As I’ve stated time and again, Germany is the only EU member that has the money to get Greece through this next round of debt payments (14.4 billion Euros coming due March 20). But Merkel isn’t going to give the money without Greece submitting to German fiscal demands.
However, there is no way Greece will submit to German fiscal authority. Heck the Greeks are even going so far as to bring up German war reparations from WWII!
Greek MP’s raise the issue of German war reparations
The Athens News reported that the MP’s have stressed that Germany owes Greece a debt of 54 billion euros before interest (70 billion with interest). They are calling for the issue to be raised as a national issue as Greece was the only country to which Germany failed to pay war reparations.
The issue of war reparations is one which is widely discussed amongst the Greek population who are increasingly resentful of criticism from Germany, which came to the fore when Germany proposed that Greece hand over budgetary sovereignty to the EU. In an article in German paper Der Spiegel in June 2011, eminent historian Albrecht Ritschl, a professor at the London School of Economics, criticized Germany for their hostility towards Greece in the current economic. He pointed out that Germany’s debt default in the 1930s makes the Greek debt look insignificant in comparison.
Let’s be blunt here, Merkel is well aware that Greece will likely never submit to German fiscal demands. She is also well aware that:
1) Come April and May, all her efforts to unite the Euro under a banner of fiscal prudence (read: German rule) will end as it’s highly likely France will have become completely socialistic
2) Greece will have already defaulted and German banks will be in trouble.
Regarding #1, Nicolas Sarkozy, who has technically yet to announce his campaign, will soon be facing off against an extremely popular socialist François Hollande, in France’s two round elections for President in April and May.
A few facts about Hollande:
1) He wants to cut all tax breaks to the wealthy and use the money to create more government jobs
2) He wants to lower the retirement age to 60
3) He completely goes against the recent new EU fiscal requirements Merkel just convinced 17 EU members to agree to and has promised to try and renegotiate them to be more loose and profligate
Now, Hollande is extremely popular with French voters (according to current polls, if he and Sarkozy make it to the second round of elections in May, Hollande would win 60% of the votes while Sarkozy only got 40%).
So Merkel knows Sarkozy will likely soon be gone… which would mean she’d be alone in her quest for greater fiscal conservatism in Europe.
Merkel also knows that it is highly likely that Greece will default (no one else has the funds to bail the country out and Greece will never submit to German fiscal demands especially given the two country’s WWII history).
So Merkel is staging a brilliant political move right now.
By emphasizing that she doesn’t want to kick Greece out of the Euro but will give Greece more money only if Greece submits to German fiscal control, Merkel is in fact doing two things politically:
1) She’s winning MAJOR political points in Germany where up until recently her ratings were dropping like a stone due to her being perceived as “pro-bailouts.”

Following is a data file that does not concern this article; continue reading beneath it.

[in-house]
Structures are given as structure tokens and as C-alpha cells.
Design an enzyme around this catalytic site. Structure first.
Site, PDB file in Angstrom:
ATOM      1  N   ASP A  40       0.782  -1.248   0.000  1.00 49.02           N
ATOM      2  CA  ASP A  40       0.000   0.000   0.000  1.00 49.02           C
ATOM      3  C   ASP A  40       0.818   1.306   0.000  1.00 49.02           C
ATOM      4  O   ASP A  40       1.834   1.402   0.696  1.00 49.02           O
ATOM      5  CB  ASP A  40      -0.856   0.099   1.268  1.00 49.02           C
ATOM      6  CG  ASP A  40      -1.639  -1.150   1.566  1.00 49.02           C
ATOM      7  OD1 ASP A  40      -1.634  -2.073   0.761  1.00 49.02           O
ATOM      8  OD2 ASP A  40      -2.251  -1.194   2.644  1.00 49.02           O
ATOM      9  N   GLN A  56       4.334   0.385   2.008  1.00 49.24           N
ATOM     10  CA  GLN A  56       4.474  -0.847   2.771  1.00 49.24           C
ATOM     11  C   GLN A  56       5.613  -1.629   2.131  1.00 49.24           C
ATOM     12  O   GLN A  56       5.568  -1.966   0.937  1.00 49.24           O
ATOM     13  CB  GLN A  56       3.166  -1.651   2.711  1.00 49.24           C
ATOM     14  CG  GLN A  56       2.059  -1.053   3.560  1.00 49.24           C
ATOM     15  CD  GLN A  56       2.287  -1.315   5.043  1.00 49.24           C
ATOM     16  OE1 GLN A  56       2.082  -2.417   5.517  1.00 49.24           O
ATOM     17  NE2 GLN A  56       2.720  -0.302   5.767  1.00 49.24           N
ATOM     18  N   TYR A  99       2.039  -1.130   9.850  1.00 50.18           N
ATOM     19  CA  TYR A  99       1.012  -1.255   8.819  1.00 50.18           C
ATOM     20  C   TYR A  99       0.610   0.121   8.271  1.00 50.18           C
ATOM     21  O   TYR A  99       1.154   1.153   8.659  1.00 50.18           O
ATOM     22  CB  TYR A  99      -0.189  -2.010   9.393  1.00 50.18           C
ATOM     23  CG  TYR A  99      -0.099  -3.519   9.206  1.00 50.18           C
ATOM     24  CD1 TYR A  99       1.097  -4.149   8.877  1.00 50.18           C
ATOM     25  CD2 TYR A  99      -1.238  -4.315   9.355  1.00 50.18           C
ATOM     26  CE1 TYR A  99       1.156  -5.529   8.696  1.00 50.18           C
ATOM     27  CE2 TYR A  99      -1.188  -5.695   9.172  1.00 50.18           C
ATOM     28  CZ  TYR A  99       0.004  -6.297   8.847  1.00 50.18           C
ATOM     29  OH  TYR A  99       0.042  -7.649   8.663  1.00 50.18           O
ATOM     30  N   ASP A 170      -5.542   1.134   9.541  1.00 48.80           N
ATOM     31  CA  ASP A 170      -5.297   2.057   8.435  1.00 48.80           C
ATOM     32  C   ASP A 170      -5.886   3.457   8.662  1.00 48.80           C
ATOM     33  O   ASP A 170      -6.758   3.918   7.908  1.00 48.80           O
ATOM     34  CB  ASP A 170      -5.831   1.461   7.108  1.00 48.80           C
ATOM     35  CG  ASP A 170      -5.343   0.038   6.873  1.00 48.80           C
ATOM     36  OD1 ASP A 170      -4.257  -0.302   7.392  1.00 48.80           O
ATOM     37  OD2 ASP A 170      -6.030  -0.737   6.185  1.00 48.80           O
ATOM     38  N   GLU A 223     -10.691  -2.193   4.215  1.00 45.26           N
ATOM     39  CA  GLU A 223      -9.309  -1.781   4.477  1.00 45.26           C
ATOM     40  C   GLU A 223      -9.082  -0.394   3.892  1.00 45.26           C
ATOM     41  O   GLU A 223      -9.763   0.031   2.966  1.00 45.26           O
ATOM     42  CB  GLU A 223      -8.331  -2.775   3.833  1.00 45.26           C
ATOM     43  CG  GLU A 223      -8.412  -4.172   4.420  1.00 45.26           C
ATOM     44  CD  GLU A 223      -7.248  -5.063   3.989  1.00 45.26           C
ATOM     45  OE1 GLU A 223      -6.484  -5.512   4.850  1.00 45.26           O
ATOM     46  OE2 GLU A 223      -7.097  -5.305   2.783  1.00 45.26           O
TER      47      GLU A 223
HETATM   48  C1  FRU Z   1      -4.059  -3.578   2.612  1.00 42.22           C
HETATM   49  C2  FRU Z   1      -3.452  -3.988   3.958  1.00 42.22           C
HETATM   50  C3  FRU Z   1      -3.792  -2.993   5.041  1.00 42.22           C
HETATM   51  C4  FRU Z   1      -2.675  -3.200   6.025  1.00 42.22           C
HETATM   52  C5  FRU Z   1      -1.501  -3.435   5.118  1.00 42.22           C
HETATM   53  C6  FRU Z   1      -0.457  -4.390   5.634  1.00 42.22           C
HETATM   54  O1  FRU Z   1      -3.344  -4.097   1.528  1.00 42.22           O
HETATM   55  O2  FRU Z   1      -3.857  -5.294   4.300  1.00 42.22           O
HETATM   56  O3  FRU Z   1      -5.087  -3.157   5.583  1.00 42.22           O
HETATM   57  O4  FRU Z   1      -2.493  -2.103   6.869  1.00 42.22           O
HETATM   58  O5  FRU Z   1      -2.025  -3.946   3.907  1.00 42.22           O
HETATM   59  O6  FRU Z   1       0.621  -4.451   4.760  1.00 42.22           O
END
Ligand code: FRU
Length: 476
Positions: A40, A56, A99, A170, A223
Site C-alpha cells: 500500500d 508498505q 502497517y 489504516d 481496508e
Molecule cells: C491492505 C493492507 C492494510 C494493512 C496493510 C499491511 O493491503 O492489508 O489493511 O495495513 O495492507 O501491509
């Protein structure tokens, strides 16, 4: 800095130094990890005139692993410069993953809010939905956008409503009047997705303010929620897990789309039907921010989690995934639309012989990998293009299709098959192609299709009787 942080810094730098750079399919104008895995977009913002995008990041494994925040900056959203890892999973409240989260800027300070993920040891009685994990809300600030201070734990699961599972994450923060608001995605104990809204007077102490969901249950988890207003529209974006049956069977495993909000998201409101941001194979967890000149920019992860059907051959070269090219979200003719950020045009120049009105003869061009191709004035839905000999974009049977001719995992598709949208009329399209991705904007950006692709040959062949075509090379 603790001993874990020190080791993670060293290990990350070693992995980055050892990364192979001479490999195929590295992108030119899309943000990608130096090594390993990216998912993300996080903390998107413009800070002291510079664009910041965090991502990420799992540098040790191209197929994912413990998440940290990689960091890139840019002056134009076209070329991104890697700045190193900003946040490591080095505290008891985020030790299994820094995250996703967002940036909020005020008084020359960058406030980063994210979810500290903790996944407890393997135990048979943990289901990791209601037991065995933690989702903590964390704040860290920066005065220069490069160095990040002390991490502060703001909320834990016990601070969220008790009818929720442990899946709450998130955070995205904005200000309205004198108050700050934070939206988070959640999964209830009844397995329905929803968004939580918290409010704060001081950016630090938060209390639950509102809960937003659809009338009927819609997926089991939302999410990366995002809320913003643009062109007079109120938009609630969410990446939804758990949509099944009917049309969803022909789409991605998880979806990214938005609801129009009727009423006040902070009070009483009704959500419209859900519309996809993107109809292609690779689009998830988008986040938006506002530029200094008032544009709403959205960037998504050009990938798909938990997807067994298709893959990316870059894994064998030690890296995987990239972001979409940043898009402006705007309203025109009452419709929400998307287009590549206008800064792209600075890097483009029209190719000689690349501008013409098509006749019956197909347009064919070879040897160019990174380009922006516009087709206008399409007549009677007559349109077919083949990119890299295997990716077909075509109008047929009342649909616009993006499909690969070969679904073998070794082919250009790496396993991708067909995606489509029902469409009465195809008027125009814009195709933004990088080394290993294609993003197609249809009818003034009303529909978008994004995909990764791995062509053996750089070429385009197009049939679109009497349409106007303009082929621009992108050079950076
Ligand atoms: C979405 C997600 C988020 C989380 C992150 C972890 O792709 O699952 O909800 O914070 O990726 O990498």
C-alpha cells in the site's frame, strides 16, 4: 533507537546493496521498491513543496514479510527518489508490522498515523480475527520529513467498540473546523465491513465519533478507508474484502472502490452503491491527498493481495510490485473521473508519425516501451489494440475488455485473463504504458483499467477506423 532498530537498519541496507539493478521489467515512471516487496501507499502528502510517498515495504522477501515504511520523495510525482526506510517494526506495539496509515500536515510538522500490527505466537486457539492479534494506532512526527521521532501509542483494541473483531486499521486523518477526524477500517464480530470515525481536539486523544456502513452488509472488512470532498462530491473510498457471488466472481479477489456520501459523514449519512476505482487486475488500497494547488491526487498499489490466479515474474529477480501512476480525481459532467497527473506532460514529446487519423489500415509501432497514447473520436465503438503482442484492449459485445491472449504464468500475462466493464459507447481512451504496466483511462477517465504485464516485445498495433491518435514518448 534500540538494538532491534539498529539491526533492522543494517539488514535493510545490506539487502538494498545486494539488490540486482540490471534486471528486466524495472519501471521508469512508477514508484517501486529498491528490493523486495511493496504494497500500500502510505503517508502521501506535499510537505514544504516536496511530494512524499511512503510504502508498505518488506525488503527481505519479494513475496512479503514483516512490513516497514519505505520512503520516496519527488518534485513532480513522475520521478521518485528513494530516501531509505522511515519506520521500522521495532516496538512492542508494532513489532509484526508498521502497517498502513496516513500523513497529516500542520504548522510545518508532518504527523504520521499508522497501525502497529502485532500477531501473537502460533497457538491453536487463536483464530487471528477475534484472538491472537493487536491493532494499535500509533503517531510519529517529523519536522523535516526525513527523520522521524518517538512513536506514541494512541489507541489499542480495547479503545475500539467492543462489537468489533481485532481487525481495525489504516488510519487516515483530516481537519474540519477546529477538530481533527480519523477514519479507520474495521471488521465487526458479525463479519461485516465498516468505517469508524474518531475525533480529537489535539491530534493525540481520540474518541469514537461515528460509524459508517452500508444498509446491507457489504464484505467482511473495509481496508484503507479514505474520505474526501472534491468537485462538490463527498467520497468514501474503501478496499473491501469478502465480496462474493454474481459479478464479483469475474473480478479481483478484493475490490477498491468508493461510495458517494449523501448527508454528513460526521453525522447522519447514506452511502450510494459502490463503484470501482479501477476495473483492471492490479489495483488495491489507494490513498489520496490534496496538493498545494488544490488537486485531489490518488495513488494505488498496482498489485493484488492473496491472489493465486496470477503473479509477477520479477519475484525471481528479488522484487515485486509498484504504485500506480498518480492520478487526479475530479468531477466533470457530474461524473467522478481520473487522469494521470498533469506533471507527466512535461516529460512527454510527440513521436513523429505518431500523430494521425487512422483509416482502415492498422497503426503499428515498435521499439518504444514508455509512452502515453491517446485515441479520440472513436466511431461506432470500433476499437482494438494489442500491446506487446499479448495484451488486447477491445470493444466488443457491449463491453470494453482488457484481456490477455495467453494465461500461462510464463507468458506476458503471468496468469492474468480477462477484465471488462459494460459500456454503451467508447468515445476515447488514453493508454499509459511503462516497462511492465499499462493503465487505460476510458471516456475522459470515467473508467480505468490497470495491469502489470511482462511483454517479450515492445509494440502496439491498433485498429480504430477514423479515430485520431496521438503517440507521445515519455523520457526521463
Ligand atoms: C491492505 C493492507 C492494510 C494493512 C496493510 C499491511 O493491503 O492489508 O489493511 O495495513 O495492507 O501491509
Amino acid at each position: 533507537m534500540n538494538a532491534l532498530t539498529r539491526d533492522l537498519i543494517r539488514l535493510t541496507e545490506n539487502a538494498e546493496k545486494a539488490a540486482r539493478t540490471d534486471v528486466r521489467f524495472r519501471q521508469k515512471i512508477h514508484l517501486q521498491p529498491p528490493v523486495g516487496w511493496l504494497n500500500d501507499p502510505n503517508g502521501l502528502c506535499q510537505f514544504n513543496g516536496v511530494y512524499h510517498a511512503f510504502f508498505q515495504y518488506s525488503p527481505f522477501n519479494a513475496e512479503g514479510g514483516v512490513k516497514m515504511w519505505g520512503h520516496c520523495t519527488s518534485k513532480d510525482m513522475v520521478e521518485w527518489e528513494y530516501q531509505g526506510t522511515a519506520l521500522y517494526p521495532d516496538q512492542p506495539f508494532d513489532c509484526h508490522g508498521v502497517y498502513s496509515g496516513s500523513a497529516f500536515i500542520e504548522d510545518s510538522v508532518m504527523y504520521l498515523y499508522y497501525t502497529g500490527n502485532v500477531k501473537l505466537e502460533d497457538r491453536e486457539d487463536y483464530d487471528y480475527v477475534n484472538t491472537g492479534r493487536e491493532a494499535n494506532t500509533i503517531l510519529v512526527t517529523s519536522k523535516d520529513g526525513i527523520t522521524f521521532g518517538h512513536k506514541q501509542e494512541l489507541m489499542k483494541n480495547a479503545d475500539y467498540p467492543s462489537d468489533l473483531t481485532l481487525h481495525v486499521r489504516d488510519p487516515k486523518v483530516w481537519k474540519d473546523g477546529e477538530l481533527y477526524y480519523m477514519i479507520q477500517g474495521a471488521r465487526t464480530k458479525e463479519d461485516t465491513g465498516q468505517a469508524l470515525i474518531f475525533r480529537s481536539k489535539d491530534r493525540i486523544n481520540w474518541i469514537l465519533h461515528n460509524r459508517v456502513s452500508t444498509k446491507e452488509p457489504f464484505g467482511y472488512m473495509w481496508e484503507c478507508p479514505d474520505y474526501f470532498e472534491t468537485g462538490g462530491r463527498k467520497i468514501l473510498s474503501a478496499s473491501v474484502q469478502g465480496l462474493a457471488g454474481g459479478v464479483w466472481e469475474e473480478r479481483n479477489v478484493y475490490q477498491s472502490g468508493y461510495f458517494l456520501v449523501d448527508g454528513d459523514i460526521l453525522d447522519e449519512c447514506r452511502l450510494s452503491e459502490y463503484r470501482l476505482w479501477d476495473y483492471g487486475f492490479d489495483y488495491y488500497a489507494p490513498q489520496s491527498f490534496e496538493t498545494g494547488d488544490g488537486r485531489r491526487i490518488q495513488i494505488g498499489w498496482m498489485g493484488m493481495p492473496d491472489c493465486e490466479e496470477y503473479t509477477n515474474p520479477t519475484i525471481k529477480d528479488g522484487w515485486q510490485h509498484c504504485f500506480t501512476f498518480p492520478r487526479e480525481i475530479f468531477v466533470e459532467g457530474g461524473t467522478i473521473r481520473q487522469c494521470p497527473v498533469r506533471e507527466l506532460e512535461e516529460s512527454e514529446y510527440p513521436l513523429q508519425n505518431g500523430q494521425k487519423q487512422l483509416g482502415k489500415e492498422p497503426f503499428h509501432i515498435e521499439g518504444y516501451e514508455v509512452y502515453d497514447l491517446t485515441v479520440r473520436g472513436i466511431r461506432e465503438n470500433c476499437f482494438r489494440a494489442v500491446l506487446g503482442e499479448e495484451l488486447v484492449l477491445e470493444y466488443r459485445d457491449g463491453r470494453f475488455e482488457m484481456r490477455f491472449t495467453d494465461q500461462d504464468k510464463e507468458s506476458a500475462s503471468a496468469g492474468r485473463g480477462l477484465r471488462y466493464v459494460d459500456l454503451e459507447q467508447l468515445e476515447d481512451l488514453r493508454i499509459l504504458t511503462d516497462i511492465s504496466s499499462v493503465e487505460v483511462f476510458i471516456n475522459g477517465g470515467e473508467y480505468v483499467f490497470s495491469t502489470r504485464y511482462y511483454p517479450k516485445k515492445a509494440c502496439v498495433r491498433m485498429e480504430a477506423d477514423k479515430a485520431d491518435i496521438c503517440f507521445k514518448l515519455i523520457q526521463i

Merkel Approval in Germany Climbs to Highest Level Since 2009 Re-Election
Support for German Chancellor Angela Merkel’s party bloc rose to the highest since before her re- election in 2009, pointing to voter backing for her handling of the European financial crisis.
Merkel’s ratings have jumped since December as she led the drive to lock in euro-area budget discipline while resisting calls to provide more public money to fight the debt crisis. It’s a reversal after Germans’ anger at bailouts for Greece (GDBR10), Ireland and Portugal sent support for her bloc to 29 percent in the fall of 2010 and helped defeat the Christian Democrats in state elections last year.
“Germans like that she continues to be seen as tough on Greece while managing to get all the other euro countries on board,” Christian Schulz, an economist at Berenberg Bank in London, said by phone. “Italy, Greece, Spain, Portugal — all these countries are moving into a German direction.”
The second thing Merkel is doing by emphasizing that she doesn’t want to kick Greece out of the Euro but will give Greece more money only if Greece submits to German fiscal control, is:
2) She’s covering herself in case Germany has to pull out of the Euro and others accuse her of not doing enough to stop the debt implosion (her defense will be “we offered the money time and again when no one else did, but they didn’t want to get their financial house in order”)
This last option is not some delusion. Germany has just gone to the IMF and G20 requesting additional funds for the Greek bailout and was told, “firewall Europe first, then we’ll talk.” The majority of Germans don’t want a second bailout. And Germany’s Finance Minister has made it clear that Germany won’t be putting up more money for the various EFSF or ESM bailout funds for Europe.
In other words, the big players at the table are finally showing their hands. Given the public outrage concerning the 2008 bailouts as well as the fact it’s an election year, the US-backed IMF won’t cough up money for a European bailout. Which means Germany is on its own here. And it’s very likely going to lose its biggest ally in the fight for austerity (Sarkozy).
Will Germany go “all in” on the Euro experiment? I doubt it. In fact I’ve found the “smoking gun” the little known act that Germany has recently implemented that proves the country has a Plan B that involves leaving the Euro with minimal damage.
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